Paper short abstract:
In August 2017, an art and anthropology installation in a public park aimed at promoting empathy towards the non-human and introducing the theory of Perspectivism to park goers. This paper looks at the mixed reactions to the 'immersive experience' this interdisciplinary collaboration produced.
Paper long abstract:
In August 2017, an art and anthropology installation was created in a public park in the south of England with the aims of promoting empathy towards the non-human and introducing the theory of Perspectivism to park goers. Reactions to the 'immersive experience' this interdisciplinary collaboration produced were mixed, raising ethical questions around oppositions such as public versus private, copy versus fake, and art versus life. From a political perspective, the experience highlighted how shared spaces can become ideological arenas. It also shed light on the moral geography that determines the type of interventions that can be held in public spaces. Drawing on literature on sensuous experience (aesthesis) and representation, this paper explores the potential and limits of conveying anthropological theory through sensory methods, and its political/ethical implications. It engages with early anthropological incursions into the epistemological potential of 'performing ethnography' (Turner 2004), such as those by Franz Boas and Frank Hamilton Cushing, to argue for "thick participation" (Gerd Spittler) as an ethnographic method. It concludes that much can be learned from mixed media methods, and from the tensions that such bricolage may engender.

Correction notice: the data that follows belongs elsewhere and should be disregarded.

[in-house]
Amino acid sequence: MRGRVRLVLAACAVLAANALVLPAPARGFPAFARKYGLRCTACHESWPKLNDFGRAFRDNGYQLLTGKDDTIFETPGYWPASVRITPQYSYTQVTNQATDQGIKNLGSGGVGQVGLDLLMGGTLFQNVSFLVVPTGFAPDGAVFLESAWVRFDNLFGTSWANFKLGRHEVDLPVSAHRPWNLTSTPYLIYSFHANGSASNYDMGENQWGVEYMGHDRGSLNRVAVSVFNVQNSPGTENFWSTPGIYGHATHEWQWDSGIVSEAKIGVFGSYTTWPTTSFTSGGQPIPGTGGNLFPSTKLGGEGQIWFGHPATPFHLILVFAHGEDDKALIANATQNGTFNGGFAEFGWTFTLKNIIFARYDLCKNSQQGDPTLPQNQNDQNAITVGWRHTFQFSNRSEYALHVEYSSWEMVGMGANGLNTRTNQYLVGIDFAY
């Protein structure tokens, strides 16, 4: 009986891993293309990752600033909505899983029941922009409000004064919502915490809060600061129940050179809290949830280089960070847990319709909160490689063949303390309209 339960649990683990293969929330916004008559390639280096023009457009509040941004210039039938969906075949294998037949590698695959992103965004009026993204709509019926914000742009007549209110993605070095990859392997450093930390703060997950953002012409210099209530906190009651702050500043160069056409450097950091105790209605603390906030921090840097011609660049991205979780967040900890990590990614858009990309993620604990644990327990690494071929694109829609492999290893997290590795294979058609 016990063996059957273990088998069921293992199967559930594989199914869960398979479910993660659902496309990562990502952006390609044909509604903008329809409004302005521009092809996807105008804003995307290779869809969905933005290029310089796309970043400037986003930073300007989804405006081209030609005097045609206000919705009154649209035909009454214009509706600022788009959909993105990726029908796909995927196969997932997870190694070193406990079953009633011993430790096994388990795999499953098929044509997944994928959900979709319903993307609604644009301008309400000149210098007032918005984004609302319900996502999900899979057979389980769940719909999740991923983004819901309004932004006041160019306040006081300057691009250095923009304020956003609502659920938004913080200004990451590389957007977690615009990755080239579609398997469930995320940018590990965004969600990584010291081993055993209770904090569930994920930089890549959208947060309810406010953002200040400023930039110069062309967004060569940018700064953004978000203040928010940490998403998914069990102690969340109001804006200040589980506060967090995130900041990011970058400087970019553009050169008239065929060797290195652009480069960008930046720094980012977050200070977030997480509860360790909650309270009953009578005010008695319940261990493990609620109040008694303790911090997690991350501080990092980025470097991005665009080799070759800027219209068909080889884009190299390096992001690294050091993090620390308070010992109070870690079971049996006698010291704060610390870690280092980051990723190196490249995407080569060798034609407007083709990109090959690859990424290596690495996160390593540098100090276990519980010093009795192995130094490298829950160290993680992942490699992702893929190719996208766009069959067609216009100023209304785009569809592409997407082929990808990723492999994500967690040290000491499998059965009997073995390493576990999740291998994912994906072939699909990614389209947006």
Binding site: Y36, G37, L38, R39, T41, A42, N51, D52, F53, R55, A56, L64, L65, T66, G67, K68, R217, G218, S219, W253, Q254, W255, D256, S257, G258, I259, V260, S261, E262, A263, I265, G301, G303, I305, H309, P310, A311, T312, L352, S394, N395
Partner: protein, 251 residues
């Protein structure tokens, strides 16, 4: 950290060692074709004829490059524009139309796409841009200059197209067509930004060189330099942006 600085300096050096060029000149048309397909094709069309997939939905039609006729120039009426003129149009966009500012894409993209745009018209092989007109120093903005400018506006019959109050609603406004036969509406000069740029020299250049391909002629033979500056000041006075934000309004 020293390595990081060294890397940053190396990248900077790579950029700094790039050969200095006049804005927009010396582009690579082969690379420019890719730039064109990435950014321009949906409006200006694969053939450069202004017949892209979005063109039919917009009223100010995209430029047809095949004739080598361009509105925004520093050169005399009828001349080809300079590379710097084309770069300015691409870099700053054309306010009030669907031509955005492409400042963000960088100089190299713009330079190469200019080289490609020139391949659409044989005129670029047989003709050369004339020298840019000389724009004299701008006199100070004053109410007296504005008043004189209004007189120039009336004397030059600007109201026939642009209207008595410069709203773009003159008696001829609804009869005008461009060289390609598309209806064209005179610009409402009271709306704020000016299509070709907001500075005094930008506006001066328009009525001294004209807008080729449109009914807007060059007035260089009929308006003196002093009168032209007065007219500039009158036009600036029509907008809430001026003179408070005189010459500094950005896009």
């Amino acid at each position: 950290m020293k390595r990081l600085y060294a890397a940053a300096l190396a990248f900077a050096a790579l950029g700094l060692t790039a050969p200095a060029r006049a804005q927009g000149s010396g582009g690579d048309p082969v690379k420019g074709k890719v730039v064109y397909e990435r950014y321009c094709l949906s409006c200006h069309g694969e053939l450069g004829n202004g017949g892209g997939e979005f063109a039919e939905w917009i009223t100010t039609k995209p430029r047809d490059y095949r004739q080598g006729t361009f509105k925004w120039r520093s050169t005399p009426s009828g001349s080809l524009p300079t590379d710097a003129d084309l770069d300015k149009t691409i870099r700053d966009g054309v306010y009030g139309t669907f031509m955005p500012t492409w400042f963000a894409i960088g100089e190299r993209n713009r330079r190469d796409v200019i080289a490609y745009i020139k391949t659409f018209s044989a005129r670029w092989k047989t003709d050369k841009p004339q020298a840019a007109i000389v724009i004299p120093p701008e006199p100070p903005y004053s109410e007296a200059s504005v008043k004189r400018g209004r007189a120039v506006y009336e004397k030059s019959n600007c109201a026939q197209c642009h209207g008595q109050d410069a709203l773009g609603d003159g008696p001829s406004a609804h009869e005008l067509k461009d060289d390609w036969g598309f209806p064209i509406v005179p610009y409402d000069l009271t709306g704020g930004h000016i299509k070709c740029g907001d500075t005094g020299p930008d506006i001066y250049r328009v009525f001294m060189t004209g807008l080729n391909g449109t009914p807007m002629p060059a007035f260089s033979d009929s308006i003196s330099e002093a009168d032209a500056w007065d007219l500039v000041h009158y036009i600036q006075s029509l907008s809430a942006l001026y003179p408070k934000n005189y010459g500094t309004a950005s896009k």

Doing, making, collaborating: art as anthropology